SAN FRANCISCO – Freelance journalist Shane Bauer planned to cover the elections in northern Iraq’s self-ruled Kurdish region. His girlfriend, Sarah Shourd, was going with him on a backpacking trip. Another friend stayed put, sick with a cold.
Now, Bauer, Shourd and a third companion, Joshua Fattal, are believed to be held by Iranian authorities for crossing into Iranian territory illegally. Friends and family say the group were adventuresome travellers who accidentally stumbled into the wrong place at the wrong time.
Pacific News Service Executive Director Sandy Close, who hired Bauer to cover the elections in Kurdistan, said she does not believe the freelance journalist ever intended to go to neighbouring Iran.
In an email, Bauer told Close he wanted to “feel out the situation (in Kurdistan) and get some ideas for deeper stories.”
“Kurdistan is the big story in Iraq now,” Bauer wrote in the email provided to The Associated Press. “I’m off to Kurdistan … “
The status of the three remained unknown Monday despite efforts by Swiss diplomats to obtain details from the Iranian Foreign Minister. Secretary of State Hillary Rodham Clinton also appealed to Iran for information.
Their disappearances were reminiscent of other episodes involving young American journalists who ended up in hostile territory.
Earlier this year, two American journalists detained near the North Korean border with China were sentenced to 12 years of hard labour for entering the country illegally and for “hostile acts.” And in January, Iranian-American journalist Roxana Saberi was arrested on spying charges before being released in May.
Close said Bauer sent her emails on Monday and Wednesday, then went backpacking with Shourd in a popular tourist area renowned for its scenery. It was unclear how the two met up with Fattal.
A fourth member of the group, Shon Meckfessel, was to have gone on the hike but did not because he felt sick.
Close said Bauer wouldn’t have deliberately tried to enter Iran.
“He did not express any interest in going to Iran. He did not speak Farsi, his passion was Arabic,” she said.
Bauer has travelled to the Middle East and North Africa and was most recently based in Damascus where he is working on a film about Darfur.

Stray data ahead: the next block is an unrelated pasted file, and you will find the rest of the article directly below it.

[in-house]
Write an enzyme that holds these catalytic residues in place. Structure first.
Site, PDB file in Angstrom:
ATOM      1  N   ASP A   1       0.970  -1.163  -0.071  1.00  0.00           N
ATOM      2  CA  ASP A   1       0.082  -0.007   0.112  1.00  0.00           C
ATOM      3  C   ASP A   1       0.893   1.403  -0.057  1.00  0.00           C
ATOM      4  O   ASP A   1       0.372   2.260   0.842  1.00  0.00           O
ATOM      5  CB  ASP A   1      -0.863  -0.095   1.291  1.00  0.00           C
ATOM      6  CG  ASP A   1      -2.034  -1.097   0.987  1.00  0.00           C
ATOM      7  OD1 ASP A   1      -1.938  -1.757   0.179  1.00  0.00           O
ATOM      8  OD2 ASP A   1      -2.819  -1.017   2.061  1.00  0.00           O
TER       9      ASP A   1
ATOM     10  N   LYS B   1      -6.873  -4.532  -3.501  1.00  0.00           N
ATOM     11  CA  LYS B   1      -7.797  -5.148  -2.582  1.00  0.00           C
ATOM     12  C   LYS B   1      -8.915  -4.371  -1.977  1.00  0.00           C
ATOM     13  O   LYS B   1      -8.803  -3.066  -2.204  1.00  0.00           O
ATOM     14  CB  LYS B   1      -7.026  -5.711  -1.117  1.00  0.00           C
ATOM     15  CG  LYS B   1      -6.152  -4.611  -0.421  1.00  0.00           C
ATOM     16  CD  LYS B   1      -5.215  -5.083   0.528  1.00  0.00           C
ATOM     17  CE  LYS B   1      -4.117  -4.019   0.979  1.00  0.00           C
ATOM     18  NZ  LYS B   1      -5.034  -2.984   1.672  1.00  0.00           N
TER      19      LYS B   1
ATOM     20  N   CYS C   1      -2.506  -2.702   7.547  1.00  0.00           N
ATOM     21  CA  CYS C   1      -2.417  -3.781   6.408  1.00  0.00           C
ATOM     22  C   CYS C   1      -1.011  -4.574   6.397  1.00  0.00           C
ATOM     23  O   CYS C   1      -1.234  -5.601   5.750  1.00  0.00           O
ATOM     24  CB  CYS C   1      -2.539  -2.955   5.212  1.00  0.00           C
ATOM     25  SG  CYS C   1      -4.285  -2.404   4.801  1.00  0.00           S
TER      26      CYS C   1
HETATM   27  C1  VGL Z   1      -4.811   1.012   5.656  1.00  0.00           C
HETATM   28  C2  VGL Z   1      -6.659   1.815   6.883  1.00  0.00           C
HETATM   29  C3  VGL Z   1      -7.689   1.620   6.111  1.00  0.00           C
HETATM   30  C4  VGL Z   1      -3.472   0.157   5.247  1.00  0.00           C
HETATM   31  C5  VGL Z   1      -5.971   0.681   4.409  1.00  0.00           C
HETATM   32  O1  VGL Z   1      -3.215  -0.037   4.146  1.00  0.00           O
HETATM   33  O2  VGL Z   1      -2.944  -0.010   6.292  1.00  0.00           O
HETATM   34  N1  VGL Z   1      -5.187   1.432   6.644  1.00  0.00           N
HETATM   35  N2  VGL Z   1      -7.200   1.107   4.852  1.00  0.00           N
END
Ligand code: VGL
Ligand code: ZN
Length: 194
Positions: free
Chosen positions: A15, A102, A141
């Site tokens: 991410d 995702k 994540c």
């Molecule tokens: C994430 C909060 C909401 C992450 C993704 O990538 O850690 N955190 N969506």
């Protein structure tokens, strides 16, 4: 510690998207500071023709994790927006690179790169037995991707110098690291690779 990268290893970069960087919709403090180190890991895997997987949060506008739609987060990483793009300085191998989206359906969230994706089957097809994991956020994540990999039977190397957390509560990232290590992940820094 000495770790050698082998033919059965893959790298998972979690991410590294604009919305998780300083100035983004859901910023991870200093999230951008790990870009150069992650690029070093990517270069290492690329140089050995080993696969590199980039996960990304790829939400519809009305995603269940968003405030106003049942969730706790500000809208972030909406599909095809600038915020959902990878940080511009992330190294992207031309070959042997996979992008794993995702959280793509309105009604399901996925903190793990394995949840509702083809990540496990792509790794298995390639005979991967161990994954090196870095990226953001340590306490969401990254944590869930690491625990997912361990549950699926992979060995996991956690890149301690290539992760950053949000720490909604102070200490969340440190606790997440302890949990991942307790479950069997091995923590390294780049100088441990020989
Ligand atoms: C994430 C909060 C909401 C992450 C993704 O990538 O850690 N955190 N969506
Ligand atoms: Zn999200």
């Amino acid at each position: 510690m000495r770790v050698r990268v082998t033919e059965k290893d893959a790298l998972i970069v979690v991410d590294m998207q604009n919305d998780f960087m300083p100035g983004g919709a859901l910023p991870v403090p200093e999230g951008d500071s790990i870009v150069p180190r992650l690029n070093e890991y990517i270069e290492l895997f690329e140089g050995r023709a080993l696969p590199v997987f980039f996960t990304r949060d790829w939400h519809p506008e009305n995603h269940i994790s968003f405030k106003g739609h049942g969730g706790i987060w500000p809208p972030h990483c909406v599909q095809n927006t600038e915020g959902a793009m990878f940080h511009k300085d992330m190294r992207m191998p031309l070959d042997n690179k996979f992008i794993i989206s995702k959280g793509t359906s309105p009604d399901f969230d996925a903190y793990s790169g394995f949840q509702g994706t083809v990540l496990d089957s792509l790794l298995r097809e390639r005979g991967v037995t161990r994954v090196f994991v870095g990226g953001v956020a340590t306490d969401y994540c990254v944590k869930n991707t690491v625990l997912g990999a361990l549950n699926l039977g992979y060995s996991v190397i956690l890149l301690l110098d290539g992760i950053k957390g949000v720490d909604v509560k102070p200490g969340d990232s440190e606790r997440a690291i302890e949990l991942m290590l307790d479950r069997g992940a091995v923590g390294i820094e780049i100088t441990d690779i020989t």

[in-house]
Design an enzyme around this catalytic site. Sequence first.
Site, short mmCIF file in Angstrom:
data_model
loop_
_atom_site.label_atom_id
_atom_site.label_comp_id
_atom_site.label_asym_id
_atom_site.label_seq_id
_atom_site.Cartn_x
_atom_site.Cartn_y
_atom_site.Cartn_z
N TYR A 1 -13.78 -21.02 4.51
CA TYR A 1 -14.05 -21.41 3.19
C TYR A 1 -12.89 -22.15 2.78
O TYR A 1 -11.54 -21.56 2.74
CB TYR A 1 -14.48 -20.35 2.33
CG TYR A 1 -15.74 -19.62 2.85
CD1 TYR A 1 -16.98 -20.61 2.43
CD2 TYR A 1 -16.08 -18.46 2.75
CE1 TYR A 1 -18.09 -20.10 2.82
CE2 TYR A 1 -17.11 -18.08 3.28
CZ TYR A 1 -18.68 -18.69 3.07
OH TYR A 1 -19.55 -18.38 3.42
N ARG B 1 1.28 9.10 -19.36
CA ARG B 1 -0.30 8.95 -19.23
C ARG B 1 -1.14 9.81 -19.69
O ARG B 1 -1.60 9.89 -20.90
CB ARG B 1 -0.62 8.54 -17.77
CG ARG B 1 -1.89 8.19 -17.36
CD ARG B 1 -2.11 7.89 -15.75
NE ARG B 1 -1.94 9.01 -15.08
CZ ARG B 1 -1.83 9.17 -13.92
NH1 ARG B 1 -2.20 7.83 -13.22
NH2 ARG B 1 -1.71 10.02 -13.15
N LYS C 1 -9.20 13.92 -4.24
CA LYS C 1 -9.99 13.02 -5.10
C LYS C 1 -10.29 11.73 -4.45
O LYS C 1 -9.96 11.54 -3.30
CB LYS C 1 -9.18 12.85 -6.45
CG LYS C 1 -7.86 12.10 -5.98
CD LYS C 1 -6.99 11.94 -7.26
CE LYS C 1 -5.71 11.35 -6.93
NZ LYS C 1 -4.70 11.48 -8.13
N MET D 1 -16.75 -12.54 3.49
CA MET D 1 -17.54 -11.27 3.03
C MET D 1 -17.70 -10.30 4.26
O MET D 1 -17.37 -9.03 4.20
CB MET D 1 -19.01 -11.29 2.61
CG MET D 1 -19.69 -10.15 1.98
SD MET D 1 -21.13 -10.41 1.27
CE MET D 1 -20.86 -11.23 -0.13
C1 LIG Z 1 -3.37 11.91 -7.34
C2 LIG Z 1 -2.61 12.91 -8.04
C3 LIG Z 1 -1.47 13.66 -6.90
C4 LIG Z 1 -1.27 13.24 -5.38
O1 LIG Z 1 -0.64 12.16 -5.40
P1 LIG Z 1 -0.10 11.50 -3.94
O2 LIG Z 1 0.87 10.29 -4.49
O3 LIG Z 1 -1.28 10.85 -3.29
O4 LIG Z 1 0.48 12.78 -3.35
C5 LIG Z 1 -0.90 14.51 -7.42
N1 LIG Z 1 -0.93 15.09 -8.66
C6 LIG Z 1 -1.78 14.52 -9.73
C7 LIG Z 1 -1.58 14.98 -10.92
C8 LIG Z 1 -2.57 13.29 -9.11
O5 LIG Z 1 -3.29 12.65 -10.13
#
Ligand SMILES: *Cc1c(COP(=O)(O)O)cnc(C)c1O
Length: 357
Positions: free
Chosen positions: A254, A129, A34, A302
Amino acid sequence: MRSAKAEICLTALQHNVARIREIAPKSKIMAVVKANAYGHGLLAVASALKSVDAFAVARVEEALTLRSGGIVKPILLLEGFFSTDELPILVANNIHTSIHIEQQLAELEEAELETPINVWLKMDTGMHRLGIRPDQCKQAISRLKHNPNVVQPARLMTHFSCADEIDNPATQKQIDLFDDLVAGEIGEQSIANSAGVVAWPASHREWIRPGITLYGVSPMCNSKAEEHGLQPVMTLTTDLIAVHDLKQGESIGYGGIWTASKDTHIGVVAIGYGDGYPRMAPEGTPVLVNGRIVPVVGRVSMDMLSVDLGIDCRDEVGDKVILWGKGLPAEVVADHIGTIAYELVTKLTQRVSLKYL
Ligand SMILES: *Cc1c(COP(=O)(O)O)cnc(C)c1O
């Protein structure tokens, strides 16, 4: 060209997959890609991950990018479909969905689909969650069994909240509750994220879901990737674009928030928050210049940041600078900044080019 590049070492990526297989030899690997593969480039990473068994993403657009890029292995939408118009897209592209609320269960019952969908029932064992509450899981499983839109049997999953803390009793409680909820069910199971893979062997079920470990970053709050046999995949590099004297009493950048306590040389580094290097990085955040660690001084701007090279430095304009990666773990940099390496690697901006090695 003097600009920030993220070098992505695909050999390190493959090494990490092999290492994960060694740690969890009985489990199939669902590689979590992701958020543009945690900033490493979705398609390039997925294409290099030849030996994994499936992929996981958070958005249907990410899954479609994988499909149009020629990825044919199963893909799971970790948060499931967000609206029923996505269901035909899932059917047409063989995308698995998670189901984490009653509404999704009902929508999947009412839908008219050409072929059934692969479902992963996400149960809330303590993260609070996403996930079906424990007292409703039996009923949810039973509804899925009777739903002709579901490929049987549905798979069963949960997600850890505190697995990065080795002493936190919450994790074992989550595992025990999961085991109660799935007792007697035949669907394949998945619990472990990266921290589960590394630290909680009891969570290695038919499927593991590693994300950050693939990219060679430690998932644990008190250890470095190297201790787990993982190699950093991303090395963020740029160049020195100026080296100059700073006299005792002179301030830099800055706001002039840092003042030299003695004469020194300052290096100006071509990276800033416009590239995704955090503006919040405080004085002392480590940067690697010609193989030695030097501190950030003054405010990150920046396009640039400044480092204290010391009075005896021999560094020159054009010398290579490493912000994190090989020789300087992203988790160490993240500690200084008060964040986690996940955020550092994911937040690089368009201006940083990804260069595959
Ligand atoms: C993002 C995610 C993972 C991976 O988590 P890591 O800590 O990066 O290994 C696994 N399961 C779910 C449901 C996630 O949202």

Bauer’s mother, Cindy Hickey of Pine City, Minnesota, and Shourd’s mother, Nora Shourd, said they are concerned for the safety and welfare of the group and hope they return safely.
Fattal’s father, Jacob, who runs a tech magazine outside Philadelphia, also told reporters: “All we care about is the well-being of Josh and his two hiker friends,” he said.
A Kurdish official in Iraq has said the three contacted a colleague to say they had entered Iran by mistake on Friday and were surrounded by troops. Iran’s state television later said the Americans were arrested after they did not heed warnings from Iranian border guards.
Bauer and Shourd, both graduates of the University of California, Berkeley, had been living in the San Francisco Bay area. Close described Bauer as “an artist whose first love is photography. He’s also linguistically gifted and just wanted to immerse himself in the Middle East.”
One of the articles posted on Bauer’s Web site is a piece written for The Nation about the U.S.-backed Iraq Special Operations Force. Richard Kim, senior editor of the magazine, praised Bauer, saying “he did excellent and meticulous work on that article.”
Kim said Bauer is not currently on assignment for The Nation.
Shourd has written for a number of online publications, including Brave New Traveler. She has also has taught English.
Fattal spent three years recently living with a group dedicated to sustainable farming near Cottage Grove, Oregon. He lived with about nine others and worked as the group’s intern co-ordinator before leaving about eight months ago, according to Jason Brown, who now holds Fattal’s job.
From January to June, Fattal travelled overseas as a teaching assistant with the International Honors Program, visiting Switzerland, India, South Africa and China on a global ecology program. Fattal had been a student in the program during college, president Joan Tiffany said.
“He’s a very thoughtful, caring person, soft-spoken, smart, bright. Has lots of travel experience, and is someone that I would expect to be an experienced camper,” Tiffany said.
Meckfessel, a University of Washington graduate student, has travelled widely and was studying Arabic.
He is the author of a book about the Balkans called “Suffled How It Gush: A North American Anarchist in the Balkans.” The title is derived from the slogan of an Albanian mineral water company.
His grandmother, Irene Meckfessel described her grandson as “very much interested in people and languages.”
Also contributing to this story were Patrick Condon in Minneapolis and Maryclaire Dale in Philadelphia. Michelle Locke reported from Berkeley, California.